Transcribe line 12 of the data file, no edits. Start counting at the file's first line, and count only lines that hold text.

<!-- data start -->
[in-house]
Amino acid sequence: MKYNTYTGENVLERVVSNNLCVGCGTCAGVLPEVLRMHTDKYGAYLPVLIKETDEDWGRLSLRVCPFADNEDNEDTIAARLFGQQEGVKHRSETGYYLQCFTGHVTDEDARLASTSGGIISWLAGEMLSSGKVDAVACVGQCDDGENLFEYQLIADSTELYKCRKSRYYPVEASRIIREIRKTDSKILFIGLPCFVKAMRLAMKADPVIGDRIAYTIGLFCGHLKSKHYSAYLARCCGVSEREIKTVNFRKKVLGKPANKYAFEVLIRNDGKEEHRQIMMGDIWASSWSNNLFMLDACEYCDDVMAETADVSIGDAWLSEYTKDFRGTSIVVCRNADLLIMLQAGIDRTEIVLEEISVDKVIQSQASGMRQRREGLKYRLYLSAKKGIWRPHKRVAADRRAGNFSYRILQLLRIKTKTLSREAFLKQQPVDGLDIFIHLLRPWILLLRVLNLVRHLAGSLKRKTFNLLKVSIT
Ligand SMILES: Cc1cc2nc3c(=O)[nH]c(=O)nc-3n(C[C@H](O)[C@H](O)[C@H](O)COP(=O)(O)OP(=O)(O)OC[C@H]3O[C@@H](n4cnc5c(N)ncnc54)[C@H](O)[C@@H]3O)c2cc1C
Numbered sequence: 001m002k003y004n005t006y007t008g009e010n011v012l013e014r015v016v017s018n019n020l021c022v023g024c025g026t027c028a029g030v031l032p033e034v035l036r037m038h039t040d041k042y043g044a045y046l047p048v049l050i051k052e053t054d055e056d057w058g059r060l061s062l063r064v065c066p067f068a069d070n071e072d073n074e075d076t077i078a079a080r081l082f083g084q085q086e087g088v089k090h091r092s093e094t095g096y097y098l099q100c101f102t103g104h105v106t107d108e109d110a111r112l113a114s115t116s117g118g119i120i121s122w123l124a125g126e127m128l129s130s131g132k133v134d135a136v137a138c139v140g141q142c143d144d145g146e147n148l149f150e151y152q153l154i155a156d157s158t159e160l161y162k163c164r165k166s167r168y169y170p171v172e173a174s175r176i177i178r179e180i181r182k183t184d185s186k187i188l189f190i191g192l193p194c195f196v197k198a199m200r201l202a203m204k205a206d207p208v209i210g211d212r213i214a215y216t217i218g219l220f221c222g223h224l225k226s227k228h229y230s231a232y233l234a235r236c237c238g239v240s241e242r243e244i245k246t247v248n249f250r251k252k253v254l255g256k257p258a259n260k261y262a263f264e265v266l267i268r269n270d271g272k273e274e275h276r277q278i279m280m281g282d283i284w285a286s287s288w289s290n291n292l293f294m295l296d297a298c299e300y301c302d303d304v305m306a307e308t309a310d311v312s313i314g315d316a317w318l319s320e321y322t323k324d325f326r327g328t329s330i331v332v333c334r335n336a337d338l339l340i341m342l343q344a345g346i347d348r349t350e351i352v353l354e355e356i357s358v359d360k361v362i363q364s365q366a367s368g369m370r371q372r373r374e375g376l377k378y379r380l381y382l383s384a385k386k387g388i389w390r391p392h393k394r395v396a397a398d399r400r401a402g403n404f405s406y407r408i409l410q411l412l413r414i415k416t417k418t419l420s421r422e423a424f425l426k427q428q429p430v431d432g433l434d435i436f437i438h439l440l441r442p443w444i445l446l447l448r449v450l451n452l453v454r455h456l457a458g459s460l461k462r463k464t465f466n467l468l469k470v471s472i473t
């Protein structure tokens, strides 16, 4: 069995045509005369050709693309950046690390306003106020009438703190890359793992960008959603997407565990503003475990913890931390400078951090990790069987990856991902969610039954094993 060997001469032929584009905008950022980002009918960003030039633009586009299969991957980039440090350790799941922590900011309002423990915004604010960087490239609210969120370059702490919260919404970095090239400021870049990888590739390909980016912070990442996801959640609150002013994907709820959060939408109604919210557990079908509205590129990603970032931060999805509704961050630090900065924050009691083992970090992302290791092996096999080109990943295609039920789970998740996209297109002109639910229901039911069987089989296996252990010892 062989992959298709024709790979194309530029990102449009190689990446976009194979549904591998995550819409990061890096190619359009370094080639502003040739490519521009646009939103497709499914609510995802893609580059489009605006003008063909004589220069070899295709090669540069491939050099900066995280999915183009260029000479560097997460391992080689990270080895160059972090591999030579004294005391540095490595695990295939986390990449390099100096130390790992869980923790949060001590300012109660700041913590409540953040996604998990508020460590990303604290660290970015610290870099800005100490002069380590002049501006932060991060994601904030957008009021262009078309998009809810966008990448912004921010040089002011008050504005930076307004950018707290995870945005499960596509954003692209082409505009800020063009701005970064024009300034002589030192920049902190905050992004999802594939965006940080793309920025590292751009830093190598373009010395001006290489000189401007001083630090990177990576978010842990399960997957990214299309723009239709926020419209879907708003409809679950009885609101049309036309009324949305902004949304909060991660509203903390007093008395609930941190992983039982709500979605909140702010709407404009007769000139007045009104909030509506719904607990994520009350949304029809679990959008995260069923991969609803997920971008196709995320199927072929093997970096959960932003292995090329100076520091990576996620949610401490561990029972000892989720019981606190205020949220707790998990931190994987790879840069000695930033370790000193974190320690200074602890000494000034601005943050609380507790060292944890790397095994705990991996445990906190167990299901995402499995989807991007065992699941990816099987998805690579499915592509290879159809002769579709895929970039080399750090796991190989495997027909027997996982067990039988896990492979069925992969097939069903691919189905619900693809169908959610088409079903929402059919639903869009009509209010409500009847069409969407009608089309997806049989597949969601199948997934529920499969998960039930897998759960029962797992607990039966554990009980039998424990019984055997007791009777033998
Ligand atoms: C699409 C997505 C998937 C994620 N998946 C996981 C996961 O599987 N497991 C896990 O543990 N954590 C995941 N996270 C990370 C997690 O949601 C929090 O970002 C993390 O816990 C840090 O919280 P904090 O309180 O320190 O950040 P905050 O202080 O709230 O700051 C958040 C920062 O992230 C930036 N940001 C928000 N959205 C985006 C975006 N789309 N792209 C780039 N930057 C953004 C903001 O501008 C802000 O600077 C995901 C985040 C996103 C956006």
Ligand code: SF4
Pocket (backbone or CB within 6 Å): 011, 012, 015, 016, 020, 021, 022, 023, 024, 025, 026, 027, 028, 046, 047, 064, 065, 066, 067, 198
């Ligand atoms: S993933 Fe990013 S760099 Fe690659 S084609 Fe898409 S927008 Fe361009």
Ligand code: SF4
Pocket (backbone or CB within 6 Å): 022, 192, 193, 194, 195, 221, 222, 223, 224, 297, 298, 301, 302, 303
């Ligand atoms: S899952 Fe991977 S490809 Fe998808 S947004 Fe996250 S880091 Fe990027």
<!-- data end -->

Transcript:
């Ligand atoms: S899952 Fe991977 S490809 Fe998808 S947004 Fe996250 S880091 Fe990027």